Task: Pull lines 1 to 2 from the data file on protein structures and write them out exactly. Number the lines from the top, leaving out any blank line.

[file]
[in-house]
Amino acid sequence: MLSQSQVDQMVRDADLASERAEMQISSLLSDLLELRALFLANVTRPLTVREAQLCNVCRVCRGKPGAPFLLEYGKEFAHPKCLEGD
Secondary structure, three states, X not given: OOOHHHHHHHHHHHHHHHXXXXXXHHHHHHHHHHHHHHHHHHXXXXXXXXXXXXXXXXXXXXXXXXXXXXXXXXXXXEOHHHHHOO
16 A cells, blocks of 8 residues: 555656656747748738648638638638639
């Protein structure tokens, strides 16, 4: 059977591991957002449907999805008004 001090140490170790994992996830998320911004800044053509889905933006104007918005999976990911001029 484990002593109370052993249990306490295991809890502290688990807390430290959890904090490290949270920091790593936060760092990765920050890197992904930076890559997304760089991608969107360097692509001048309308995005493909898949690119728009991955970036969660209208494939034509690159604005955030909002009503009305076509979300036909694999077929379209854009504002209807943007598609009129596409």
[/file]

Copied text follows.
[in-house]
Amino acid sequence: MLSQSQVDQMVRDADLASERAEMQISSLLSDLLELRALFLANVTRPLTVREAQLCNVCRVCRGKPGAPFLLEYGKEFAHPKCLEGD